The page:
5 Ways to Reduce IT Staff Augmentation Costs

By Smita Manjunath

Analyst, NPI

September 03, 2020

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Enterprises have long relied on IT staff augmentation as a way to scale the IT function. But amid the economic fallout of the global health pandemic, we’re seeing expanded utilization by our clients as they submit rate cards to NPI for price benchmark analysis. Uncertainty, tightened budgets and a need to fast-track certain IT initiatives (namely cloud-related and digital transformation) has created a situation uniquely suited for the advantages of IT staff augmentation.

IT staff augmentation works as a viable strategy in situations where companies need highly skilled and technically competent resources globally on a temporary basis and where managed services models are not a good fit. The benefits are numerous and include minimal/no recruitment costs, resource flexibility and a minimal impact on the existing operating model of an IT organization.

Like any subcategory of IT spend, there is little pricing transparency for IT outsourcing and staff augmentation services. What a vendor charges one company can be significantly more or less than what they charge another company with similar requirements. Diligence and proactive management is required to root out overspending risk and ensure companies only pay for the resources and skill levels required.

Best Practices for Keeping IT Staff Augmentation Spend in Check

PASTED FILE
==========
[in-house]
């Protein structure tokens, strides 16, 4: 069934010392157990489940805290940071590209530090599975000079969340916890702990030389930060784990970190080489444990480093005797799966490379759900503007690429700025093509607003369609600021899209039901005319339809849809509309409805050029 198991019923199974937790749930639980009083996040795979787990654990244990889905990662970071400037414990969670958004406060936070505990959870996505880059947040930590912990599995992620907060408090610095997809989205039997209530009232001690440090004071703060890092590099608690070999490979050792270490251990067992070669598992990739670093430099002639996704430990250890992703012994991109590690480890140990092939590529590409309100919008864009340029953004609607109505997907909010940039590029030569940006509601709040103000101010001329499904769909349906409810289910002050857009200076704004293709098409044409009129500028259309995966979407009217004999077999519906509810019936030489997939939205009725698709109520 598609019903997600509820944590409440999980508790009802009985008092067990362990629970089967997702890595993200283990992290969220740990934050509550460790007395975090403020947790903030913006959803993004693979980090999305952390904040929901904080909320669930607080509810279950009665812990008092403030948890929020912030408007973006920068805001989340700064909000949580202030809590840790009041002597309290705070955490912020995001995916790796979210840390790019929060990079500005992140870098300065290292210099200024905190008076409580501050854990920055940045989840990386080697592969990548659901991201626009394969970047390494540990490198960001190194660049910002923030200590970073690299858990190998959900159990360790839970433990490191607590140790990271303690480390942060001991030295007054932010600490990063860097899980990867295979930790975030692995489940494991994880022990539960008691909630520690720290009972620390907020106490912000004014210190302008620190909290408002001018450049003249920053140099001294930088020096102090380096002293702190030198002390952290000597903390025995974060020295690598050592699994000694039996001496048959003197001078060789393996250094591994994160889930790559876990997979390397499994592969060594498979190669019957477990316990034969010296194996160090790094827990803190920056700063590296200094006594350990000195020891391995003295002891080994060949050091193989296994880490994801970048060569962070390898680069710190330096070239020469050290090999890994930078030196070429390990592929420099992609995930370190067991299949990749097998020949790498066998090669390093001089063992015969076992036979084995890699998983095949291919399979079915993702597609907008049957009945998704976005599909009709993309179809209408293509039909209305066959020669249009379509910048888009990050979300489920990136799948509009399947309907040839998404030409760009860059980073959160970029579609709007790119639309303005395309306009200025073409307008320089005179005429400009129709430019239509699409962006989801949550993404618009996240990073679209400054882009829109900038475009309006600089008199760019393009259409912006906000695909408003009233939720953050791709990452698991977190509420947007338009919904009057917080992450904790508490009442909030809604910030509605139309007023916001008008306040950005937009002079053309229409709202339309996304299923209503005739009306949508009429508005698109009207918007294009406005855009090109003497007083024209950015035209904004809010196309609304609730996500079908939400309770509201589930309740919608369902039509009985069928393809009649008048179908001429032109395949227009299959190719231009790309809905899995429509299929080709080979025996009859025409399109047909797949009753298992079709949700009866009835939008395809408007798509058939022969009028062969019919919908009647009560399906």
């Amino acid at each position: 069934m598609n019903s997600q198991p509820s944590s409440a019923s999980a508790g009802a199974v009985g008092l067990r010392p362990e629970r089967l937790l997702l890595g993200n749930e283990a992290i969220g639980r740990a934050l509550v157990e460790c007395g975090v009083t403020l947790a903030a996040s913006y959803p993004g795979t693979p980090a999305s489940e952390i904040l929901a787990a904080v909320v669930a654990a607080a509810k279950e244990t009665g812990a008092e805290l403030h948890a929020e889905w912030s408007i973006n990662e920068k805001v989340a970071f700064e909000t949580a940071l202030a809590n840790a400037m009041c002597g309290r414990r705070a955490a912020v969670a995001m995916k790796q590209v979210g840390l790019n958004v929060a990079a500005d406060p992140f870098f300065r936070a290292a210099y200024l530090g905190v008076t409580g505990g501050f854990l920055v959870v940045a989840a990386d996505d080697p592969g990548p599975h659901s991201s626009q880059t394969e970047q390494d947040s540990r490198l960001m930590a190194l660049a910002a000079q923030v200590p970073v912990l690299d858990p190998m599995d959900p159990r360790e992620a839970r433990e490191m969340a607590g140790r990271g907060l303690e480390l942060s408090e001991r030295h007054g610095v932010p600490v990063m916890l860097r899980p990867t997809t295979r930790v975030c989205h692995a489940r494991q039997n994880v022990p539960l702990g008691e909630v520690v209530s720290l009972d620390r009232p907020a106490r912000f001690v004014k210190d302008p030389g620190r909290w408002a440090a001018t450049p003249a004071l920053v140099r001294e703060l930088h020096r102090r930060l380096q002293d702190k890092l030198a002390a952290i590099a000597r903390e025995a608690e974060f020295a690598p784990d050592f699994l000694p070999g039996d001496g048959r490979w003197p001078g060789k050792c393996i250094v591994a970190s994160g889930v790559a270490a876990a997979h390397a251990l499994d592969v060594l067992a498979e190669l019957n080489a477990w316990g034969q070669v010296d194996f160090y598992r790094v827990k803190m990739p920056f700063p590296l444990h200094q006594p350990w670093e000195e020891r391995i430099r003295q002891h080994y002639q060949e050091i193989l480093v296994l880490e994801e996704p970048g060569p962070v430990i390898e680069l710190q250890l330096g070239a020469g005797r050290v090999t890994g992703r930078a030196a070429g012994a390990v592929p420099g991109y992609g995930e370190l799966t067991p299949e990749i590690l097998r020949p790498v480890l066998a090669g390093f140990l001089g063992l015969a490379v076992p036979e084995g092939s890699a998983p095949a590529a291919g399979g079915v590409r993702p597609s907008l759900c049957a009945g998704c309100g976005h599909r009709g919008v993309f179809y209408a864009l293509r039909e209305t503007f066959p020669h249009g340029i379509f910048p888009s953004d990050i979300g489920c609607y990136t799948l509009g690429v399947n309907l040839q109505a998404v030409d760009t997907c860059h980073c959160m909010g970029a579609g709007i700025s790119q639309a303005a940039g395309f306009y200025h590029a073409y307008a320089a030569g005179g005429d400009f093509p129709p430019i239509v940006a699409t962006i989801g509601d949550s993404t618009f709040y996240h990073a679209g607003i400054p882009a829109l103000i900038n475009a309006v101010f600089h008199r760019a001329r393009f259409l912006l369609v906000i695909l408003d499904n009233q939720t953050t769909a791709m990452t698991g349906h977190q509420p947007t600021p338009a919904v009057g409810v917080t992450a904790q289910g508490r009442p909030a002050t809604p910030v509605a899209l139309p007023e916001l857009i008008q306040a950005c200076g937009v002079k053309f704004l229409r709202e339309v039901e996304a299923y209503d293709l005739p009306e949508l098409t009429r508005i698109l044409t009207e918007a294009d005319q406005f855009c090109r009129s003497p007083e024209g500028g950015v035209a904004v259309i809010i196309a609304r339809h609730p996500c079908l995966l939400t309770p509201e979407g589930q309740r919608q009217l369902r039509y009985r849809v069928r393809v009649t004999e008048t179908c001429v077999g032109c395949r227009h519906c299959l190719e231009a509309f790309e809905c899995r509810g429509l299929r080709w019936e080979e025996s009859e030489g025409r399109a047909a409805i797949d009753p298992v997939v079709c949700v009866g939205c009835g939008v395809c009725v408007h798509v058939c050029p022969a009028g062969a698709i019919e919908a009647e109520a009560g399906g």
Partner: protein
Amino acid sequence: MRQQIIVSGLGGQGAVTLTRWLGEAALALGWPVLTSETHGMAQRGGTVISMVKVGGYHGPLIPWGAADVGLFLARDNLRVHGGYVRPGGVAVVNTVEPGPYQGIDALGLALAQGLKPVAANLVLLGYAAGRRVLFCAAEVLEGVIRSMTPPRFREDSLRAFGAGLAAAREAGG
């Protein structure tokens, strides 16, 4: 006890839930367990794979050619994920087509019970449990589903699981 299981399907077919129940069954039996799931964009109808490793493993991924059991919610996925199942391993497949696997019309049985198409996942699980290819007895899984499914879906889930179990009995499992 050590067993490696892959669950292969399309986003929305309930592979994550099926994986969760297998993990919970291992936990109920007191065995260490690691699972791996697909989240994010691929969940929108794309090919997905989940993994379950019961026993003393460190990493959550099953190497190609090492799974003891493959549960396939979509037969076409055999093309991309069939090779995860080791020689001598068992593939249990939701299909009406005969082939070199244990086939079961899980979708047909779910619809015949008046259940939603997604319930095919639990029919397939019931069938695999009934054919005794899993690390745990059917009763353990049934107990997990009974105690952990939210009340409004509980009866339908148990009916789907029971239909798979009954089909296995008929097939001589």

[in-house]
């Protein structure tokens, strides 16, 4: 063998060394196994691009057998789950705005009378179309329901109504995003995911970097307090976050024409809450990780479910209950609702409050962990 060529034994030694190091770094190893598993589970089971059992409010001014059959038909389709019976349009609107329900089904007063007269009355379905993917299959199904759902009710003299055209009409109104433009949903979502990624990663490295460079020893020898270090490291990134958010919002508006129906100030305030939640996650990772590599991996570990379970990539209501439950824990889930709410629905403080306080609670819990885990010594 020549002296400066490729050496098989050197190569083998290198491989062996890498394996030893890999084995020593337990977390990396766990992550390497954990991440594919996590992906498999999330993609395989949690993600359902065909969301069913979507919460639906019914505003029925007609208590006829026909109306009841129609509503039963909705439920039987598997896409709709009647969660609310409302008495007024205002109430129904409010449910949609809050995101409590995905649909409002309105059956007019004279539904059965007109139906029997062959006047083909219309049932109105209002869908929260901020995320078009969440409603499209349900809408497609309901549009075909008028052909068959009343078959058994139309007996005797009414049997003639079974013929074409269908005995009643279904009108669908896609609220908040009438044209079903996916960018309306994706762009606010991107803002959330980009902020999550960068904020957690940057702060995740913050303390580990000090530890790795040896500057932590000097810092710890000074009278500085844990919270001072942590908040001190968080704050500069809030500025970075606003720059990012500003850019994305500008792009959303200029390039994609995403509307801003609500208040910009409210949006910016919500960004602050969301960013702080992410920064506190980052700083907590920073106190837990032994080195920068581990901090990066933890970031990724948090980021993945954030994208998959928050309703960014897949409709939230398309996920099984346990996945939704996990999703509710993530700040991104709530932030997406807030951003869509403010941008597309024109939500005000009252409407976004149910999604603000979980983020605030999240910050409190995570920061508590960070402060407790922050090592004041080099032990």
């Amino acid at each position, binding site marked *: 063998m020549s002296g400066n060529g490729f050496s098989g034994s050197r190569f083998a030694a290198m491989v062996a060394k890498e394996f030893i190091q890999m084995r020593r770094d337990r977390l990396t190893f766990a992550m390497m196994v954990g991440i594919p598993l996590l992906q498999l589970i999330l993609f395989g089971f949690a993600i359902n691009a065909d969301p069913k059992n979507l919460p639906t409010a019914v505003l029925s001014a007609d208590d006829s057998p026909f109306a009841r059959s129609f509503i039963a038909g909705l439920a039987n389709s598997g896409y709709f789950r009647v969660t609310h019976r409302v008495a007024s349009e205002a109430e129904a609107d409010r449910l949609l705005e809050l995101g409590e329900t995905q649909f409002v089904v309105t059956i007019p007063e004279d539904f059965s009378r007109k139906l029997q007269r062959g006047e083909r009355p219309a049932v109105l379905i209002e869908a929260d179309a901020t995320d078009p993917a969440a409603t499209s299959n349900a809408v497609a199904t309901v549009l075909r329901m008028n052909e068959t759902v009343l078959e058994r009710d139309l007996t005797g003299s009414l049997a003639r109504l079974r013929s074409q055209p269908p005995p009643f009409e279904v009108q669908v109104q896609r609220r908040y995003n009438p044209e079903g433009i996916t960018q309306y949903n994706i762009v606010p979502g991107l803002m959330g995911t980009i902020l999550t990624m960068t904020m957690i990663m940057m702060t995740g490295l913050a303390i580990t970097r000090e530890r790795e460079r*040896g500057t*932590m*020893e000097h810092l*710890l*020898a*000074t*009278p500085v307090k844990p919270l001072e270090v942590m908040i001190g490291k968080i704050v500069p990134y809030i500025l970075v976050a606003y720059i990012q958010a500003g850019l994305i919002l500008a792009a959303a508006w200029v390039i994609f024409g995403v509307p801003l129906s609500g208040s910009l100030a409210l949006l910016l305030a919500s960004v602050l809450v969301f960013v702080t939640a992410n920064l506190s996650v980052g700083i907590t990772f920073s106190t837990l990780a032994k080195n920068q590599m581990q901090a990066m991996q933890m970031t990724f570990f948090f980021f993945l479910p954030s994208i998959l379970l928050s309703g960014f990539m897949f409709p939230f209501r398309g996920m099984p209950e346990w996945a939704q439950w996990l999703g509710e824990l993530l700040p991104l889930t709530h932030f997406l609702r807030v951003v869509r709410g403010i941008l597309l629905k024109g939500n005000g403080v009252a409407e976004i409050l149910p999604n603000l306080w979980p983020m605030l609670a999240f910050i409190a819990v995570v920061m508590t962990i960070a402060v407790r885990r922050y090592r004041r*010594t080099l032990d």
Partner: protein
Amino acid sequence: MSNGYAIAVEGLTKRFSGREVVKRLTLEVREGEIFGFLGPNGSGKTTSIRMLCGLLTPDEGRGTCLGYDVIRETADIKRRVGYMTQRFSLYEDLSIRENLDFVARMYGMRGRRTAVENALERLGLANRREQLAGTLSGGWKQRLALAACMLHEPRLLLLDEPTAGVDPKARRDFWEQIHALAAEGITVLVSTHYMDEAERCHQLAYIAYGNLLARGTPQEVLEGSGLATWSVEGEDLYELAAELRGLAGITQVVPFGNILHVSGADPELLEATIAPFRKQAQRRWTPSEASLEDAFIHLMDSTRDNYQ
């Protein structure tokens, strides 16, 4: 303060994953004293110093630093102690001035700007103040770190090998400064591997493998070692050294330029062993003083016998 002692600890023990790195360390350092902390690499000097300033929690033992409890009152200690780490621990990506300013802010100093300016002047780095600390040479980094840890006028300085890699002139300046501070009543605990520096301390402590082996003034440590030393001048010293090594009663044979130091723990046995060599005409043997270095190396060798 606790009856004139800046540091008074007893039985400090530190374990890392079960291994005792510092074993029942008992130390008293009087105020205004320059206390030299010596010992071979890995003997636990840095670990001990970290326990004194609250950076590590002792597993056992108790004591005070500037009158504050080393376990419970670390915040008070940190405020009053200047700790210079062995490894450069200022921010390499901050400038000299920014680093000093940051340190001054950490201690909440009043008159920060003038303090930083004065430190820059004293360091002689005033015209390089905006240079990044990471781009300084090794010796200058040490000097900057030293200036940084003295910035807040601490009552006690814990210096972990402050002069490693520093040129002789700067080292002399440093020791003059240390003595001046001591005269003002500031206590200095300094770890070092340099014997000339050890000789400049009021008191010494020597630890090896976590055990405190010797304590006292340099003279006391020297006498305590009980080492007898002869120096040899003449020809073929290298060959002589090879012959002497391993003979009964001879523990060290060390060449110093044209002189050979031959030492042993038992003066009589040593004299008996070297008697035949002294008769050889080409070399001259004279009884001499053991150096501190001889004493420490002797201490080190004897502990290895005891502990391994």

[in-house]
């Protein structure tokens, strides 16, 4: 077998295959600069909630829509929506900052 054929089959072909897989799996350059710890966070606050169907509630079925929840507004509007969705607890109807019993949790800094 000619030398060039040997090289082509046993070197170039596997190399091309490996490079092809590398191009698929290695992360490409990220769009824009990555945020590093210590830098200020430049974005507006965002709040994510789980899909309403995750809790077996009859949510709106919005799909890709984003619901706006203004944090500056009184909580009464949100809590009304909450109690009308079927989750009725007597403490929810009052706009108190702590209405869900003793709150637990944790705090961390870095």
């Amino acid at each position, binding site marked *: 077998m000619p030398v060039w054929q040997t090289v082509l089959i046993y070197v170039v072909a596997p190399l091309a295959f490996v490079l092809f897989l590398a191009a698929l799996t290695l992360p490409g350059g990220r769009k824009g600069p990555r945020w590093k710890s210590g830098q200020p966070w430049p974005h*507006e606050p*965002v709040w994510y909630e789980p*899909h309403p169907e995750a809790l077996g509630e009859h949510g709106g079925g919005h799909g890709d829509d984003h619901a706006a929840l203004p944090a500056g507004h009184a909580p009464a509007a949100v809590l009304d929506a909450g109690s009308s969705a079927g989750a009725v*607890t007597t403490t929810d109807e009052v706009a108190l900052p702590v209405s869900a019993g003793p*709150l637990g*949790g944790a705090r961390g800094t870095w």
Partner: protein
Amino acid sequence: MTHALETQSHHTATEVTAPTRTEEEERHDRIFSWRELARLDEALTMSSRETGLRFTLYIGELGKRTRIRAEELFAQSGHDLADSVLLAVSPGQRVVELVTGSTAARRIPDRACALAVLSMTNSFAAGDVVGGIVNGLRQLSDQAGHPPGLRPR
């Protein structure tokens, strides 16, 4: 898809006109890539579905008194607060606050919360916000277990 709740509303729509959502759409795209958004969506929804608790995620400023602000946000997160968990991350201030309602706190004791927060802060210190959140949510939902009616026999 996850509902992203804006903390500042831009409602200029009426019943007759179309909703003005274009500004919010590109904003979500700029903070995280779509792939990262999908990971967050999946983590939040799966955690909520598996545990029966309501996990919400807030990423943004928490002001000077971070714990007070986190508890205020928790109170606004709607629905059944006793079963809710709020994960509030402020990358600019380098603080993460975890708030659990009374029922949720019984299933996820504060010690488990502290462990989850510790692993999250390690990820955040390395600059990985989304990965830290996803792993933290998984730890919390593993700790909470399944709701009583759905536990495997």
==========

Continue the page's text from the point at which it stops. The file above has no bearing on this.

1. Performing price benchmark analysis on the resource rates can help you determine if the resource bill rates are competitive for specific roles, skillsets, experience levels and geographic locations. This type of data-driven insight helps the sourcing team to negotiate competitive resource rates and reduce the costs of engaging temporary workers.
  2. Standardizing roles based on responsibilities, skillset, experience levels, etc. is essential to accurate benchmarking. This is also true for T&M rate cards for various projects in the organization.
  3. Matching skills to requirements is crucial. Some areas of expertise command a premium in the market (for example Data Scientists or Cloud Architects) whereas others like Java professionals command a lower rate due to widespread availability of resources with this expertise. Enterprises should ensure that the identified resources have matching core skills to avoid overpaying.
  4. Establishing baseline rates for different experience levels is another way to standardize resource costs. It’s important to establish baseline rates for two to four tiers of experience levels for all roles and hire the resources with the correct experience levels required for the projects. Managers should also revisit the experience level requirements from time to time as the project requirements evolve.
  5. Pay attention to geography. Billing rates often vary based on geography. Companies should establish the requirements and feasibility for remote/nearshore/offshore work as a way to help optimize costs.

One final piece of advice – market and demand volatility means resource supply and costs are changing quickly. It’s important to have timely insight into what constitutes a fair price for the services you require. Likewise, careful pre-planning and insight-driven vendor negotiations will not only ensure you’re paying a fair price, but also go a long way in helping you avoid cost surprises as your IT staff needs evolve.